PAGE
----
Most students starting post-secondary studies at UBC this September were likely born in 1991.
They postdate the collapse of the Berlin Wall, the end of apartheid in South Africa, the dismantling of the Soviet Union. They grew up with the Internet, compact discs, and mobile phones. They have come of age in a culture of activism unparalleled since the 1960s. They do not remember the Gulf War but have spent their adolescence in the post-September 11 world and the fuss over the pending millennium is a memory from childhood. Documentaries became cool in their youth, and the vivid personalities of Al Gore, Morgan Spurlock, and Michael Moore have introduced them to some inconvenient truths and unsettling perspectives. Peter Jackson introduced them to Tolkien’s Middle Earth, and Christopher Nolan to Batman.
The Canada of the 1991 generation is not so much concerned with old arguments over national unity as with new ones over education, health care, privacy, copyright, and Canada’s role on the world stage. Jon Stewart and Steve Colbert, South Park and The Simpsons are more likely to be their satirical filters of American culture than Saturday Night Live, and George Stromboulopolous and Douglas Coupland have provided a gentler, but still cool glimpse into the post-Web 2.0 world through a Canadian filter. Canadian teen pop music in their childhood and early adolescence spawned not a Lizzie McGuire or Hannah Montana analog, but bouncy, heavily eyelinered, punk-pop princess Avril Lavigne. While they were in middle school and high school, social networking exploded into being, and YouTube became the place to make, and catch, rising viral videos.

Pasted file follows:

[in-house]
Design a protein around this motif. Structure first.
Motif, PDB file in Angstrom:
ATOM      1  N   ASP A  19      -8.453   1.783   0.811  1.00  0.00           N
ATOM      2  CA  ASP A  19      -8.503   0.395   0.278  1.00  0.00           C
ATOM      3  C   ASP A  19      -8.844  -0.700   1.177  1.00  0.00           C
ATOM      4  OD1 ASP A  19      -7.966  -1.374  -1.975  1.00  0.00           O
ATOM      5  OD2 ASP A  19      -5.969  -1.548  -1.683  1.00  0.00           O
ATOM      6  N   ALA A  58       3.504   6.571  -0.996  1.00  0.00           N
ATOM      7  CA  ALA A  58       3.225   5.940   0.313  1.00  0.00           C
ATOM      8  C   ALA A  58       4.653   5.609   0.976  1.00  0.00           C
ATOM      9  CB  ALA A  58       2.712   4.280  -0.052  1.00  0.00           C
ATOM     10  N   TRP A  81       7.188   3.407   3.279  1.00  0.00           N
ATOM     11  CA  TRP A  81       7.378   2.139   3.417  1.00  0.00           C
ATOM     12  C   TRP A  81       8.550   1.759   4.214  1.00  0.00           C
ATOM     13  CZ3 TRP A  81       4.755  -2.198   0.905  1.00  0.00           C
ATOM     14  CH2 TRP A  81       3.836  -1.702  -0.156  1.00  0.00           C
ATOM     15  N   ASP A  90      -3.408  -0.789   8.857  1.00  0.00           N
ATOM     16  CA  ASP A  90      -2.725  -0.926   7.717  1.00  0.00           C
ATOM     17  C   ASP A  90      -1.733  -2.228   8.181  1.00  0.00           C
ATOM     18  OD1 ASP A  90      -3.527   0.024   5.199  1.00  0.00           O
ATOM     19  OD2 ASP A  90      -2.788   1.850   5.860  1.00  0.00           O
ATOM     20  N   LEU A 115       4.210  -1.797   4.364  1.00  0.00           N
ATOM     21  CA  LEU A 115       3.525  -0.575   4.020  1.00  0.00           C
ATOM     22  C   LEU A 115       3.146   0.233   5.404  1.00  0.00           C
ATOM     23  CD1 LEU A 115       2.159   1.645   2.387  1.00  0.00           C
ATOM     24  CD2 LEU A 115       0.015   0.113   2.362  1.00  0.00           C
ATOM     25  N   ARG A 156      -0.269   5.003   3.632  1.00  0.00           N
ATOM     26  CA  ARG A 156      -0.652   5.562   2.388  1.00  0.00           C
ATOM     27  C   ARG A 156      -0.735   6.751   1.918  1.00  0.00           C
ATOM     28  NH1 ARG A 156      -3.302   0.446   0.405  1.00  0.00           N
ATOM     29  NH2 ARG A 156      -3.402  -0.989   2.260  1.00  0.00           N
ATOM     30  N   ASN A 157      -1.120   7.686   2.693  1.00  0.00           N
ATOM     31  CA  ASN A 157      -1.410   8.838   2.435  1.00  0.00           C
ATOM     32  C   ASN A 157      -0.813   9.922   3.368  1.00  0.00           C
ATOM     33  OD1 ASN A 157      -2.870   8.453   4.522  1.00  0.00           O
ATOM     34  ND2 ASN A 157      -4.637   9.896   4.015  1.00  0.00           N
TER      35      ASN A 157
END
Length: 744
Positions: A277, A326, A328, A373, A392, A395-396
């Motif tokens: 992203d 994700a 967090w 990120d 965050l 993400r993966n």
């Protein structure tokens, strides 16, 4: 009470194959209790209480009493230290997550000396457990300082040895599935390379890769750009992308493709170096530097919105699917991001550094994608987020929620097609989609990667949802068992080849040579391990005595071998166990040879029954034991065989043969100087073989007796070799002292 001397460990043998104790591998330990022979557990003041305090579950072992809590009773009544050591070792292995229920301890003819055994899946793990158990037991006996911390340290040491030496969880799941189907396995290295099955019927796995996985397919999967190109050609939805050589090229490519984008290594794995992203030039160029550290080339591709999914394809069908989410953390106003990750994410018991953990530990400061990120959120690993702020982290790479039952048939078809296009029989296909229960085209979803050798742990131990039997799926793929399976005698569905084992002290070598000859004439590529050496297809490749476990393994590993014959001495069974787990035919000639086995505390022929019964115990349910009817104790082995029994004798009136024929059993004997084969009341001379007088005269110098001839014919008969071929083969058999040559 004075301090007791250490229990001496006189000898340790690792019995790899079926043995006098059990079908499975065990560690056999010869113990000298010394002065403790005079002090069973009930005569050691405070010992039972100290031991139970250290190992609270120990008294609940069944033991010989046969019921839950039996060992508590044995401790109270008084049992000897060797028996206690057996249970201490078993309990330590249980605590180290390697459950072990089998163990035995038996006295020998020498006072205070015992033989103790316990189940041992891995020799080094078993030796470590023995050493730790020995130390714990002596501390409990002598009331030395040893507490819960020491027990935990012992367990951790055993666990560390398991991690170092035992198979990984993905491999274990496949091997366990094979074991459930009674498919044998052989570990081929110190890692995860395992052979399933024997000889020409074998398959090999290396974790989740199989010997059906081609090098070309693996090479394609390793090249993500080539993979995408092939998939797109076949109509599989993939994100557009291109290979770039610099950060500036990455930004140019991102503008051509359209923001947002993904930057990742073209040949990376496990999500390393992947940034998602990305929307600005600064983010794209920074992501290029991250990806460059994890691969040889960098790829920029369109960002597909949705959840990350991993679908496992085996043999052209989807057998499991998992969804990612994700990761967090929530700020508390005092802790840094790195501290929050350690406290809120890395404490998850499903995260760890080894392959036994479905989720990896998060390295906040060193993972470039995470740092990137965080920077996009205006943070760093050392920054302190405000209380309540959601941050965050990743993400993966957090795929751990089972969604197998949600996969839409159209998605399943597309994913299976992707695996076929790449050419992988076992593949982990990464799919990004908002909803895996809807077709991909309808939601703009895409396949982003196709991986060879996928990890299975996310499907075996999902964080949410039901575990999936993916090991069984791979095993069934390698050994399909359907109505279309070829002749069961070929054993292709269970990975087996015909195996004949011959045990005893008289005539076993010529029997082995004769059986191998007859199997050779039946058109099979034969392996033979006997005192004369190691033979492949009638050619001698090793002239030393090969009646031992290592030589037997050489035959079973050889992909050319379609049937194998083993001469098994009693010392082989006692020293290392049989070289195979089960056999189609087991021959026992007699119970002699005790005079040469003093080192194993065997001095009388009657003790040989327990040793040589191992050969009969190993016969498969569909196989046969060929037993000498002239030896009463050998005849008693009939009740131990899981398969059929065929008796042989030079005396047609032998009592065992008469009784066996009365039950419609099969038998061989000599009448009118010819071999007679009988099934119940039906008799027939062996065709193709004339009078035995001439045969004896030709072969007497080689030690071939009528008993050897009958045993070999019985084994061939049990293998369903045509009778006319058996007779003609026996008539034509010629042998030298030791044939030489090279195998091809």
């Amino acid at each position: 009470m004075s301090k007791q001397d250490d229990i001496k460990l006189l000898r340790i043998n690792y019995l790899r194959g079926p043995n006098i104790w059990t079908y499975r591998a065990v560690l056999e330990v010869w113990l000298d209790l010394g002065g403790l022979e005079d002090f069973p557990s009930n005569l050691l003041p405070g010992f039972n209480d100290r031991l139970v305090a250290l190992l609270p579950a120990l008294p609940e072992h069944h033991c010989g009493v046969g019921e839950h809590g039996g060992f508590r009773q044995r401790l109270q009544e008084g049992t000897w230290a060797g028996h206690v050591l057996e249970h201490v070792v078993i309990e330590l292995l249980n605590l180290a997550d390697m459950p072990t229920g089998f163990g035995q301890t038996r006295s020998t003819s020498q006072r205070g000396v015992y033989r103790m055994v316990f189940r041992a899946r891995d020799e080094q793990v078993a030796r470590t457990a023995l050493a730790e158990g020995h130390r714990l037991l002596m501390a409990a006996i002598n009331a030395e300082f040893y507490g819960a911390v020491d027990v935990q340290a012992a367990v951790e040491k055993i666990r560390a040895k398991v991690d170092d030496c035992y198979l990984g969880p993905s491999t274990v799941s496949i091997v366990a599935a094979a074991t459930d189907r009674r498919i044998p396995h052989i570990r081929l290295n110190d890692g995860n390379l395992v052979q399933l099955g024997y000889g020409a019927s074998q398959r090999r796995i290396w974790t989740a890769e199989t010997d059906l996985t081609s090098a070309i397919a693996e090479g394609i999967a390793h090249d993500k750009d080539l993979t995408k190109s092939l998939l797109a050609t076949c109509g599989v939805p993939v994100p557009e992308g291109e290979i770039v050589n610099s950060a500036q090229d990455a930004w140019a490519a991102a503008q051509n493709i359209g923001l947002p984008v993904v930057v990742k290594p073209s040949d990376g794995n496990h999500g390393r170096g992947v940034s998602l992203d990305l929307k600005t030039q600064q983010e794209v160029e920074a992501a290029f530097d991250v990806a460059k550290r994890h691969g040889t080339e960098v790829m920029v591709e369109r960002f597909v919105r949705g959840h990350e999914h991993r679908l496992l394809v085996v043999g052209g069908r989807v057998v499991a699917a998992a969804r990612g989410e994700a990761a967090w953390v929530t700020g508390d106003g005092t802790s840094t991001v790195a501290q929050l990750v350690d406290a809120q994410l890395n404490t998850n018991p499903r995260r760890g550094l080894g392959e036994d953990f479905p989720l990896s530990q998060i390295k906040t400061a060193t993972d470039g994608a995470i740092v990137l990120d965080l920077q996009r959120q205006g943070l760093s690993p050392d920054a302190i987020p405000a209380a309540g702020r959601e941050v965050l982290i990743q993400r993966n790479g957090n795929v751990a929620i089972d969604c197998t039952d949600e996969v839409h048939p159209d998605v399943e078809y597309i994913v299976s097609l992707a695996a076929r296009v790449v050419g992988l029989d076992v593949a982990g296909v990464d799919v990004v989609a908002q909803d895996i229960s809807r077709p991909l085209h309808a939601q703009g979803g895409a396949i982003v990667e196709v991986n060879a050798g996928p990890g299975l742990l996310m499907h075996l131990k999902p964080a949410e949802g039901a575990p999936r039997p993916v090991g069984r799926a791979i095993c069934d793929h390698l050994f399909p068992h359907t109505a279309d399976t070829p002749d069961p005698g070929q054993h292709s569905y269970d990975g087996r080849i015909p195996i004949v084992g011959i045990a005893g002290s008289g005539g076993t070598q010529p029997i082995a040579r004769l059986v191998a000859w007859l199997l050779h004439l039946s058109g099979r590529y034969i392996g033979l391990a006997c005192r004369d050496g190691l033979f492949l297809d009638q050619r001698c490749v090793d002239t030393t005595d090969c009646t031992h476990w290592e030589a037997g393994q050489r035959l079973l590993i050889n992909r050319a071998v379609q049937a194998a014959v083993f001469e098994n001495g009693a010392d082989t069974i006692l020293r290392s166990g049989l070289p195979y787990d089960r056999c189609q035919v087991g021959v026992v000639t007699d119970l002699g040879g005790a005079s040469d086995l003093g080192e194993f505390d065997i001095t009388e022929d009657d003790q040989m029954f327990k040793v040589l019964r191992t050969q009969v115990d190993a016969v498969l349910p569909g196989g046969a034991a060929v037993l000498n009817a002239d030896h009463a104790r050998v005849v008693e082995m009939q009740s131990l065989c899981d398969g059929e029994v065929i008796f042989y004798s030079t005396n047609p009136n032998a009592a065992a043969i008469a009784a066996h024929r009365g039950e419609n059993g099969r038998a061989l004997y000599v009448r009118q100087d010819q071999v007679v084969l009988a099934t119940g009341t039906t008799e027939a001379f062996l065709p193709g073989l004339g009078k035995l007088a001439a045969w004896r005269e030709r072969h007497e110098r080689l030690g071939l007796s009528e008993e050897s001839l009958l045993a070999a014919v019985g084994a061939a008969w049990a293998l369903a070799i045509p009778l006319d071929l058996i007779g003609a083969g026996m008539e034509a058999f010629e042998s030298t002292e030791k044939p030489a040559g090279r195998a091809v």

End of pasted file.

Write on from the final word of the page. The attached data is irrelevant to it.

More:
It is impossible to generalize about this generation. They have not necessarily contributed to the development of such pop culture juggernauts as the Harry Potter and Twilight phenomena, social networking, and reality TV, nor on the other hand are they necessarily enthusiastic about acoustic emo music, independent films, and skateboarding culture.
One of the most interesting phenomena I have observed is the way many approach retro culture: retro for them often means the 1970s or ’80s; too young to be nostalgic, they mine the artifacts of an age they never knew, and stare with fresh eyes at its TV shows, music videos and arcade games, refunctioning them as a rejection of the mass culture currently mass-produced for them.
While many embrace and quickly master a broad range of current communications technologies, many are deeply suspicious of over-reliance on technology and mass media. Indeed, they are often more apt to be an amalgamation of various passions, and after all, they have more ways of finding out about the larger world and participating in it than virtually all preceding generations of young adults.
Gisele Baxter is a lecturer in the Dept. of English who has met many first-year students in her 25-year teaching career. She comments regularly on popular culture and maintains her own online cultural commentary at www3.telus.net/gmbaxter/zone.html.